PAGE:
FEBRUARY 8 — For residents of public housing, the new year started with a positive note by the Minister of Housing and Local Government, Nga Kor Ming, when he announced the ministry’s plans to launch an architectural design competition for all new Projek Perumahan Rakyat or PPR. As he says: “We want all future PPRs to be built with beautiful designs, are environment-friendly, liveable and with more humanity values. We want the PPRs to have their own architectural identity.”

At Think City we welcome this news as it signals the government’s commitment towards addressing the long-festering problem of decline in living standards of our public housing communities. Through Program Kita-untuk-Kita or K2K, we have been working closely with communities in the PPR to build their capacity for collective action to better manage the daily challenges of urban communal living. K2K is a public investment in social development, launched by our Prime Minister in April 2023, to improve the livability of marginalised communities in our public housing projects. These communities, as we know, have been leading very stressful lives as a result of their cramped living spaces and the breakdown of services and infrastructure in their housing complex. These constraints in turn create knock-on effects in public health and promote negative social behaviour — all of which result in a decline in development outcomes. Collectively we have been working to reverse this decline as failure to do so will risk turning our PPRs into poverty traps and our public housing projects into vertical slums.

Against this background the ministry’s design competition is highly innovative as it seeks to break away from older methods and crowdsource new ideas to help shape the next generation of PPRs. Such a competition, however, should not be narrowly conceived as an architectural design issue. Rather it should adopt a broader approach to effectively capture the lived experience and social dynamics of PPR living. As its name suggests, public housing is about people, and people should be at the center of the initiative. Therefore, and fundamentally, it should address the multidimensionality of poverty and the precarious existence of our PPR communities. To achieve this, it needs to consider issues such as the social anthropology of urban living, the mechanisms for conflict management, the exclusion of social spaces, the meaningful participation of communities in PPR management and the sustainable financing of the PPR building life-cycle.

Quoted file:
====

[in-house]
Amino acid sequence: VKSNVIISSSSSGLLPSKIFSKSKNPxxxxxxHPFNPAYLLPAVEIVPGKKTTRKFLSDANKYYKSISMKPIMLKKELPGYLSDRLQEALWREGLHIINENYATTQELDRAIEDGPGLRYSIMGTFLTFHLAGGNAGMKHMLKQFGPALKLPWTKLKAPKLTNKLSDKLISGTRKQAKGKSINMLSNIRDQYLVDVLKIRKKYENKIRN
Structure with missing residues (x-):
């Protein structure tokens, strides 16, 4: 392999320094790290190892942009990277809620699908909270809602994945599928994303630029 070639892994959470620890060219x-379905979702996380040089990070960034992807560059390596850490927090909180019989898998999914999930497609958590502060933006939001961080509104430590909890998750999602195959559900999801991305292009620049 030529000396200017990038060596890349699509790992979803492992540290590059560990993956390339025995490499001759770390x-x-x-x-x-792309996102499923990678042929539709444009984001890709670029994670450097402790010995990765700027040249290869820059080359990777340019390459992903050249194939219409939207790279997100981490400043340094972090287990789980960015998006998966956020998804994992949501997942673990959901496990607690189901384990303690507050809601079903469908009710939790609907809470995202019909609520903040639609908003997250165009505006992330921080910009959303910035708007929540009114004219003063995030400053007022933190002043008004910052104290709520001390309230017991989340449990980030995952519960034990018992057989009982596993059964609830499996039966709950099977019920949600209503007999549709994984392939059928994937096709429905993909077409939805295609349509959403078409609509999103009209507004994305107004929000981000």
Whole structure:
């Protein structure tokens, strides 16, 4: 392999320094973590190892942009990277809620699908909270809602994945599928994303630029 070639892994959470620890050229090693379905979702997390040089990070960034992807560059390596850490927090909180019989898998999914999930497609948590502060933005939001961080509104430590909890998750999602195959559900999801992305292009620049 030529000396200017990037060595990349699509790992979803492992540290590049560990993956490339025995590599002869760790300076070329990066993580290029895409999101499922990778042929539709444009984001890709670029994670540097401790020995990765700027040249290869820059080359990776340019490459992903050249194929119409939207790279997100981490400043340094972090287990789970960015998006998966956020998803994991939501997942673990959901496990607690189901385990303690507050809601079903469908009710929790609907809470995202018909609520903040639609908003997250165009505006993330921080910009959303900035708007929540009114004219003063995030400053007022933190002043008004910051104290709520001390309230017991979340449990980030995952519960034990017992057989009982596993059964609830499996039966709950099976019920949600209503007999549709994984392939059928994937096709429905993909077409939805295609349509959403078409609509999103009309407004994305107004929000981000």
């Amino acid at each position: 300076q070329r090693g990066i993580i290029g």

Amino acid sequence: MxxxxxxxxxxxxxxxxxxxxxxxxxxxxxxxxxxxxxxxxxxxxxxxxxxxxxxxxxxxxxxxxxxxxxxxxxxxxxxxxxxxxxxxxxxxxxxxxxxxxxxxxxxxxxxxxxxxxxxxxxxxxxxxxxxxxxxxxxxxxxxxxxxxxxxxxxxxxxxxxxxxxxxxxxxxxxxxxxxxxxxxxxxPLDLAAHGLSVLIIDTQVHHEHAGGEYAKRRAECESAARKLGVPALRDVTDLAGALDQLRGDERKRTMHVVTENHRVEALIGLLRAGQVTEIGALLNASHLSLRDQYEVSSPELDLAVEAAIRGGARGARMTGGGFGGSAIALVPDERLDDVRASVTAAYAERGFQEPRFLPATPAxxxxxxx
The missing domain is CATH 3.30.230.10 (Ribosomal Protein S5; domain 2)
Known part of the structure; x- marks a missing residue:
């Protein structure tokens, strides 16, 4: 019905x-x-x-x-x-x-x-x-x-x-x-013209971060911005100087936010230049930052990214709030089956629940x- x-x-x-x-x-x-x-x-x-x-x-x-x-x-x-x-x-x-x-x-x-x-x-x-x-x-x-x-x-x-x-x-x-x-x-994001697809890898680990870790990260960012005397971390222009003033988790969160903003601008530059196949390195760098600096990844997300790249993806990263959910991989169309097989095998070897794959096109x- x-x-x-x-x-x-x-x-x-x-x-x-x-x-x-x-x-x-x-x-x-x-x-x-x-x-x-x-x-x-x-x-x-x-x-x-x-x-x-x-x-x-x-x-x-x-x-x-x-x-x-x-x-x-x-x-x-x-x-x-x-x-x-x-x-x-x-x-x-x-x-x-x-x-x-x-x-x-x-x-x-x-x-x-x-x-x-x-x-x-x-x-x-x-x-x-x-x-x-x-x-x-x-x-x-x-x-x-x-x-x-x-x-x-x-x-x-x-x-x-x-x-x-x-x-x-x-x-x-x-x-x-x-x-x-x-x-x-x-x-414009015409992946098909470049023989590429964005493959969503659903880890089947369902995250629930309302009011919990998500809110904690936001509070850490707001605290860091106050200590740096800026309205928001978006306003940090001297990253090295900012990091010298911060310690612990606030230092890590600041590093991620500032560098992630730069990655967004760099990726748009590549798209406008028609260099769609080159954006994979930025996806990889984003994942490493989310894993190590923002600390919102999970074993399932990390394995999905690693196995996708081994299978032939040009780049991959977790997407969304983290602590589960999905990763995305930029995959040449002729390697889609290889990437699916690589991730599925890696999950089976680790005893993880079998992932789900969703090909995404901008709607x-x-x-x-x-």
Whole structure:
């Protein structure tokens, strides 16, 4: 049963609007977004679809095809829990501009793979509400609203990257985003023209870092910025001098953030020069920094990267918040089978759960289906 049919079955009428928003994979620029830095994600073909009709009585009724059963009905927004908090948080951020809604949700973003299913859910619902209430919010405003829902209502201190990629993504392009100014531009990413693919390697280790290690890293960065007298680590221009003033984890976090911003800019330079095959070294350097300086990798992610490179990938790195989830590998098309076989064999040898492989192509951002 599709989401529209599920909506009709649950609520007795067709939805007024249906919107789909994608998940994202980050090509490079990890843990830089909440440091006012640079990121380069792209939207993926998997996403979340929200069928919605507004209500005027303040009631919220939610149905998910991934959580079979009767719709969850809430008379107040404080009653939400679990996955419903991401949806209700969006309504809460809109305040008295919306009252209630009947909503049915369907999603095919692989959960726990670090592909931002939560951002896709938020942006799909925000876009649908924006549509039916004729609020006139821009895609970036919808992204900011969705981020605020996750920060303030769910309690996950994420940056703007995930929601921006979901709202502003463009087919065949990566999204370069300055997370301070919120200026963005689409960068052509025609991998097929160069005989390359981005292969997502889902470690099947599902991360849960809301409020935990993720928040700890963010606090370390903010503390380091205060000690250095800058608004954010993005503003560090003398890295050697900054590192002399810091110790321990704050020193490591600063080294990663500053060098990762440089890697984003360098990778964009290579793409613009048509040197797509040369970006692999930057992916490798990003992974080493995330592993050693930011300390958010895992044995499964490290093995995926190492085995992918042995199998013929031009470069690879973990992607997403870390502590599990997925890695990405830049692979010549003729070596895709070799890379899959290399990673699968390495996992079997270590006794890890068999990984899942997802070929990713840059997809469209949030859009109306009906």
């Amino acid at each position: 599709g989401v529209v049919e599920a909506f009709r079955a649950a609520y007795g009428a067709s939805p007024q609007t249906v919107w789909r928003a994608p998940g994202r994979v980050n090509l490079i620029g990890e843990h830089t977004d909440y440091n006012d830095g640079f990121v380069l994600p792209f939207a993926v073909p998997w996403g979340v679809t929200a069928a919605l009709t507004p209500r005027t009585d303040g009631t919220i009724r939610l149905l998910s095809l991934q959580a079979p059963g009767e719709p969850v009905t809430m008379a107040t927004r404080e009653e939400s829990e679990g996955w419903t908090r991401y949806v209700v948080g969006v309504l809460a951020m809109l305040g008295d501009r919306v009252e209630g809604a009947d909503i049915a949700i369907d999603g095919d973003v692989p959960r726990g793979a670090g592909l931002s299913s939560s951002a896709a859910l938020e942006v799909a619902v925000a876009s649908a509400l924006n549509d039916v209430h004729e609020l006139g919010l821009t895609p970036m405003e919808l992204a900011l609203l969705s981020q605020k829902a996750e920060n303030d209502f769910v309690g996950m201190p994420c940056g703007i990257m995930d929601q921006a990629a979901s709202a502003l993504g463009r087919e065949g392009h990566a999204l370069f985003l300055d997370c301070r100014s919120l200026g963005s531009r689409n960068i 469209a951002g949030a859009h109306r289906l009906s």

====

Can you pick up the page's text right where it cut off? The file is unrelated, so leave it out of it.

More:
It is important to remember that PPR communities are not homogenous but heterogenous — reflecting not just ethnic differences but more significantly the complex division of labour of Malaysia’s highly urbanising population. Coming from the B40 economic category, societal pressures impact differently upon residents of different age groups, cultural values, health status and economic vulnerability. How do we design public housing that can meet the needs of these different groups? How do we shape social spaces that are accessible to all members of society? For example, in many PPRs we find access severely constrained for persons with disability and the elderly who find their passage-way blocked by motorcycles and other obstructions. Similarly, public spaces such as the community hall, playground and parks have been perceived to be unsafe spaces by girls, resulting in their exclusion from certain forms of social interaction. In many PPRs it is not uncommon to see structures with well-intentioned design being underutilised and neglected due to a failure to address the underlying social dynamic of that community. As Hatta Middy, writer and a PPR resident once said to me:

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Ruang dan tempat tak sama. Akitek fikir pasal ruang, tapi penghuni yang mencorakkan tempat.”

What this means is that the next generation of PPRs need to be shaped by a deeper understanding of space, and how spatial relationships can positively impact on the lives and livelihoods of their intended communities. At the heart of the matter is the need for public housing to nurture a strong sense of common identity, interdependency and ownership amongst the residents. This will require not only progressive architectural forms, but design that support mechanisms for shaping social behaviour and institutional frameworks for the governance of the housing complex.

As we attempt to reimagine the future of public housing in Malaysia, we should call upon the six elements of Madani as our core guiding principles. With compassion we can rebuild social cohesion in the community. With respect and trust our communities can organise themselves to effect collective action. Innovativeness is how they navigate the complex challenges of communal urban living, while sustainability becomes the overriding principle in making PPR management decisions. And finally prosperity is the outcome enjoyed by the communities when they embrace the elements described above. As a model of Perumahan Madani the next generation PPR will become important places for the generation of happy families and healthy communities in our cities.

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About Think City

Think City is an impact organisation established in 2009 to create more sustainable and equitable places for the benefit of all. Our knowledge, skills and strategies focus on urban solutions, the environment, social communities, and the cultural economy. Think City is a wholly owned subsidiary of Khazanah Nasional Berhad (the sovereign wealth fund of the Government of Malaysia). For more information, log on to www.thinkcity.com.my.

*Shahridan Faiez is director of Program Kita-untuk-Kita (K2K), a social development initiative implemented by Think City and funded by the Ministry of Finance.

**This is the personal opinion of the writer or publication and does not necessarily represent the views of Malay Mail.